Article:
On a percentage basis, JetBlue stands to be the most impacted of all major carriers. In 2023, an estimated 5.9% of its flights would have been eligible for automatic refunds under the new regulations — nearly double the national average of 3.0%. Conversely, Alaska Airlines boasted the lowest disruption rate. Only 1.6% of its flights in 2023 were canceled, diverted, or delayed more than 3 hours.

While this data serves as a preliminary indicator of how the DOT rule might affect different airline business models, it remains to be seen how these costs will be managed. Airlines might respond by adjusting their operations, pricing strategies, or a combination of both.

At the airport level, passengers taking off from Dallas Fort Worth International Airport (DFW) would have been entitled to an estimated $267M in refunds had the new rule been in effect last year, the most for any U.S. airport. Passengers departing from Newark Liberty International Airport (EWR) would have seen the second most refunds at $201M, followed by those traveling from Denver International Airport (DEN) at $199M.

Below is a breakdown of refund estimates under the new DOT rule for each major U.S. airline and over 350 U.S. airports. The analysis was performed by Upgraded Points using data from the U.S. Bureau of Transportation Statistics. For more information on the data and analysis, see the methodology section.

Methodology

Researchers at Upgraded Points analyzed the latest data from the U.S. Bureau of Transportation Statistics’ 2023 Airline On-Time Performance Data and 2023 Airline Origin and Destination Survey databases. The nuances of how the DOT rules will be applied to specific itineraries and flights are both complex and yet to be determined. To simplify the analysis and to make the estimates best comparable across airlines, researchers took the following approach:

To determine the airlines most impacted by the new Department of Transportation (DOT) rule requiring prompt and automatic flight refunds for canceled or significantly changed flights, the researchers combined average airfare data, average passengers per flight, and the number of flights that were delayed more than 3 hours, diverted, or canceled. Affected flights were assumed to have the average passengers per flight with the average airfare for each airline or airport, respectively. Data for subsidiary airlines and airlines with exclusive codeshares were merged with their corresponding mainline marketing airlines. Refunds for origin airports were also estimated using a similar methodology. Due to data limitations, only domestic flights and U.S.-based airlines and airports were considered in the analysis.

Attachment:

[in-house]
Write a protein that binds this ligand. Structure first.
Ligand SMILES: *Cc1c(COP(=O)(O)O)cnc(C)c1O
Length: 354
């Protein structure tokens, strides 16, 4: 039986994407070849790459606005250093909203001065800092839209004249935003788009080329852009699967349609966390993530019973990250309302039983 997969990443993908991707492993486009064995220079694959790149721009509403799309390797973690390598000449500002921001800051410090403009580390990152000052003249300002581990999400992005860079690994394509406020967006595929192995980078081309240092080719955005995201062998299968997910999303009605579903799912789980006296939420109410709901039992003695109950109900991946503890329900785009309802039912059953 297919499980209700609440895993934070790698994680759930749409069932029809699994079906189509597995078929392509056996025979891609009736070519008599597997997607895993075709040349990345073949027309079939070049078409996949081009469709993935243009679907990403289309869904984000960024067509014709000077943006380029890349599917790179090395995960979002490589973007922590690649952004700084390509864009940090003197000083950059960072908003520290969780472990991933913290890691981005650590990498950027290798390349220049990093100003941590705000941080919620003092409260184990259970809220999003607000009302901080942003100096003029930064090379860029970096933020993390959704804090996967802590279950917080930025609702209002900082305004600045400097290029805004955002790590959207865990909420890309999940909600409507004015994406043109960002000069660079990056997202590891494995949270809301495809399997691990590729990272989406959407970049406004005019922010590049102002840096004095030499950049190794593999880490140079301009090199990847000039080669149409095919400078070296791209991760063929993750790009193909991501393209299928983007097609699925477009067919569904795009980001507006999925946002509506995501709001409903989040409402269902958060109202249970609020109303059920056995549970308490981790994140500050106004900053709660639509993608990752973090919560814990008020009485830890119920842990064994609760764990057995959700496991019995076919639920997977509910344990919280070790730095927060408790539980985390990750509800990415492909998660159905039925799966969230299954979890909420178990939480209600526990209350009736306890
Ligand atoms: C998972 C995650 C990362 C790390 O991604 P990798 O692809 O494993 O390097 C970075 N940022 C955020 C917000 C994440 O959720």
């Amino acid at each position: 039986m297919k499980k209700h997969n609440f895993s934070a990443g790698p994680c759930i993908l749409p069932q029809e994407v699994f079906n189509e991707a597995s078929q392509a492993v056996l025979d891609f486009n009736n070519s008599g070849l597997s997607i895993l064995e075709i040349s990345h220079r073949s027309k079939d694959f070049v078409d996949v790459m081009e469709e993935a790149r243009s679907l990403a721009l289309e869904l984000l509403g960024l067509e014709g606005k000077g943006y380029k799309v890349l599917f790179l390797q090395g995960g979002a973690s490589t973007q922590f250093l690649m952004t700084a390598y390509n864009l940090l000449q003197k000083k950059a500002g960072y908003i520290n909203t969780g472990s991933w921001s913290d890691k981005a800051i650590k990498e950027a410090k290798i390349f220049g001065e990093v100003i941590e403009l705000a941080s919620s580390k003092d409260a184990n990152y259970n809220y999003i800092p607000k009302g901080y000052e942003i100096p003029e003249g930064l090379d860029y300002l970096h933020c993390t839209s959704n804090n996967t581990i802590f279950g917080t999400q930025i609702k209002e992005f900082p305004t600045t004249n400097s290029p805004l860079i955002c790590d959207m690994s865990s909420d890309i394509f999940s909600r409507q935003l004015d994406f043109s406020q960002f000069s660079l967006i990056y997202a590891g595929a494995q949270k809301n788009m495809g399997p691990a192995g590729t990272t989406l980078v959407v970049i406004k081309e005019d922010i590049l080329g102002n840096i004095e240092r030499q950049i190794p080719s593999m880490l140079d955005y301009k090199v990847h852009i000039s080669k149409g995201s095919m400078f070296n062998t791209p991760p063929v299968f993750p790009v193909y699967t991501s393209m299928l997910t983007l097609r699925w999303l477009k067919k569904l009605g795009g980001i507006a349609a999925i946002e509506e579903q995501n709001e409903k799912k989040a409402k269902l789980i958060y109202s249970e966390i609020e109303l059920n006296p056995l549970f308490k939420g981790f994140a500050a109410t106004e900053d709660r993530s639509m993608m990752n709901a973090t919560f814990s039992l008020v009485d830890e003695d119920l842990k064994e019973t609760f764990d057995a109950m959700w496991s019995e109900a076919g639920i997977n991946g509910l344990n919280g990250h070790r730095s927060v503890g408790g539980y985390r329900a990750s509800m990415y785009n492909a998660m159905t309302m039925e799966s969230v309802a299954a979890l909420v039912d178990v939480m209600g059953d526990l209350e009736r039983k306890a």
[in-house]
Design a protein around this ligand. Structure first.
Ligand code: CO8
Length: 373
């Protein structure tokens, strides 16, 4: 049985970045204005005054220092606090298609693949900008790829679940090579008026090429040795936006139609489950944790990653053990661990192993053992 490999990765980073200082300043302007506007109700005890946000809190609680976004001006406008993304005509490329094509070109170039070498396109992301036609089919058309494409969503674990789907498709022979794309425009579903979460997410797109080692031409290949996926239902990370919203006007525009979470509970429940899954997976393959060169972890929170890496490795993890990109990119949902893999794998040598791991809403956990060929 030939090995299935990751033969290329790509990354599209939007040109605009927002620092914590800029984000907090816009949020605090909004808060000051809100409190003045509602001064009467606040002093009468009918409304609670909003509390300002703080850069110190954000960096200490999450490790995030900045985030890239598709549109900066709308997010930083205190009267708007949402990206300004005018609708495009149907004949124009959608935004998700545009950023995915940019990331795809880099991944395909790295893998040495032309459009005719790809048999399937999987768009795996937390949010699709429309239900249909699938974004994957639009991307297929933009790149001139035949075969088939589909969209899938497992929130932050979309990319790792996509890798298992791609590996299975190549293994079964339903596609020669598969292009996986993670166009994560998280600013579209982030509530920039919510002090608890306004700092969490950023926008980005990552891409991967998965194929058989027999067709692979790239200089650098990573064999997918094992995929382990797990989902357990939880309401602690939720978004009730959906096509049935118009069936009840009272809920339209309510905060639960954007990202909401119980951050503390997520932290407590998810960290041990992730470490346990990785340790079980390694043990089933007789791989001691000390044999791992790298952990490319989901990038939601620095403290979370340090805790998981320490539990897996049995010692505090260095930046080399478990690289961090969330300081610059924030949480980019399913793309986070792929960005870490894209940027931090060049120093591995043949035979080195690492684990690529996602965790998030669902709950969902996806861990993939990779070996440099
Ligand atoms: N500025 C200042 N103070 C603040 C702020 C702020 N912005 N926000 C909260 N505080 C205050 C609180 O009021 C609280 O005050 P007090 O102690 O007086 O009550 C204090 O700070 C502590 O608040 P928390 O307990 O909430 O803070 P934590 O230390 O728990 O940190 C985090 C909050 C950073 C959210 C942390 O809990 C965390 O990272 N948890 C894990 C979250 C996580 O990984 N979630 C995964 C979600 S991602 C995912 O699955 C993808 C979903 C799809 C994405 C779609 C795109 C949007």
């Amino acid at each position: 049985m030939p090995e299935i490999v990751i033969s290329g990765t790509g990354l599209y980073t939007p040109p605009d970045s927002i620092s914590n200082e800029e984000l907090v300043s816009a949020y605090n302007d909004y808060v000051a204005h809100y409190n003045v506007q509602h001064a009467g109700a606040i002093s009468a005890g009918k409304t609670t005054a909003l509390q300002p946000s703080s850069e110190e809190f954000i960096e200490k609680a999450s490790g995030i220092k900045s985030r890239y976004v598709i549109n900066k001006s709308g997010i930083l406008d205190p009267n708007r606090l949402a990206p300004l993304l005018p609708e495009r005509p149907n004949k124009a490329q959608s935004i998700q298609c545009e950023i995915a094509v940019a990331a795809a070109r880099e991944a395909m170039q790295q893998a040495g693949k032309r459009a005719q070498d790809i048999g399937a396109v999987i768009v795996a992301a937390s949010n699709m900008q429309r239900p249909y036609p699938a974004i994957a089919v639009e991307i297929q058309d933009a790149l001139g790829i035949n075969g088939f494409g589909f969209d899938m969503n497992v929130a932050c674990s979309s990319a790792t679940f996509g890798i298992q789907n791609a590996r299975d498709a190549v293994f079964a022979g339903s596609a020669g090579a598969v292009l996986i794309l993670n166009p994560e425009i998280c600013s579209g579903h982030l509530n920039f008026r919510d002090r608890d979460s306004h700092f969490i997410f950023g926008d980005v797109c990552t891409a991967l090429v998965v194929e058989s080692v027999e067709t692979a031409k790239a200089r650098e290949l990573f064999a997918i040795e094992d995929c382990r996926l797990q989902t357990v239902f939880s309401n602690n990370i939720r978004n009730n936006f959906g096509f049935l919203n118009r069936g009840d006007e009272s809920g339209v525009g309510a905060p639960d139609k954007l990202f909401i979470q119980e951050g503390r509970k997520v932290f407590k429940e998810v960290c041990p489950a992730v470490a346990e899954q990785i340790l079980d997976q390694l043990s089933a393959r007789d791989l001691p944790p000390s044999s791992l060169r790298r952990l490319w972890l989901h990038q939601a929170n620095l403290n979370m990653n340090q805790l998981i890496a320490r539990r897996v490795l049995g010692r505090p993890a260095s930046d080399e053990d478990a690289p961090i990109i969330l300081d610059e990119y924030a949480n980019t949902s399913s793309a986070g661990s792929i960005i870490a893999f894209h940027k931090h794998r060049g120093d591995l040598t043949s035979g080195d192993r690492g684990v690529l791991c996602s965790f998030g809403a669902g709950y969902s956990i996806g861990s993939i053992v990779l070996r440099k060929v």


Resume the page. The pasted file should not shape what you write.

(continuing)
Final Thoughts

Air travel, while crucial for many, can be stressful due to delays, cancellations, and complex refund processes. The new DOT rule aims to simplify refunds for passengers by requiring airlines to automatically issue them for significantly delayed or canceled flights, baggage issues, and undelivered services. This may empower travelers but could also have a significant financial impact on airlines.

Airlines may need to adjust operations and raise ticket prices to manage the increased cost of automatic refunds. However, these changes come at a time when significantly changed or canceled flights have declined below pre-pandemic levels, which may help airlines adapt to the new DOT rules with less economic disruption. Even so, data suggests major carriers could face billions in refunds, with even budget airlines feeling the burden.

References

  1. U.S. Department of Transportation. (2024, April 24). Biden-Harris Administration Announces Final Rule Requiring Automatic Refunds of Airline Tickets and Ancillary Service Fees. Retrieved on June 11, 2024 from https://www.transportation.gov/briefing-room/biden-harris-administration-announces-final-rule-requiring-automatic-refunds-airline.
  2. Airlines for America. (2024, April 24). Statement from Airlines for America. Retrieved on June 11, 2024, from https://www.airlines.org/statement-from-airlines-for-america-2/.
Alex Miller's image

About Alex Miller

Founder and CEO of Upgraded Points, Alex is a leader in the industry and has earned and redeemed millions of points and miles. He frequently discusses the award travel industry with CNBC, Fox Business, The New York Times, and more.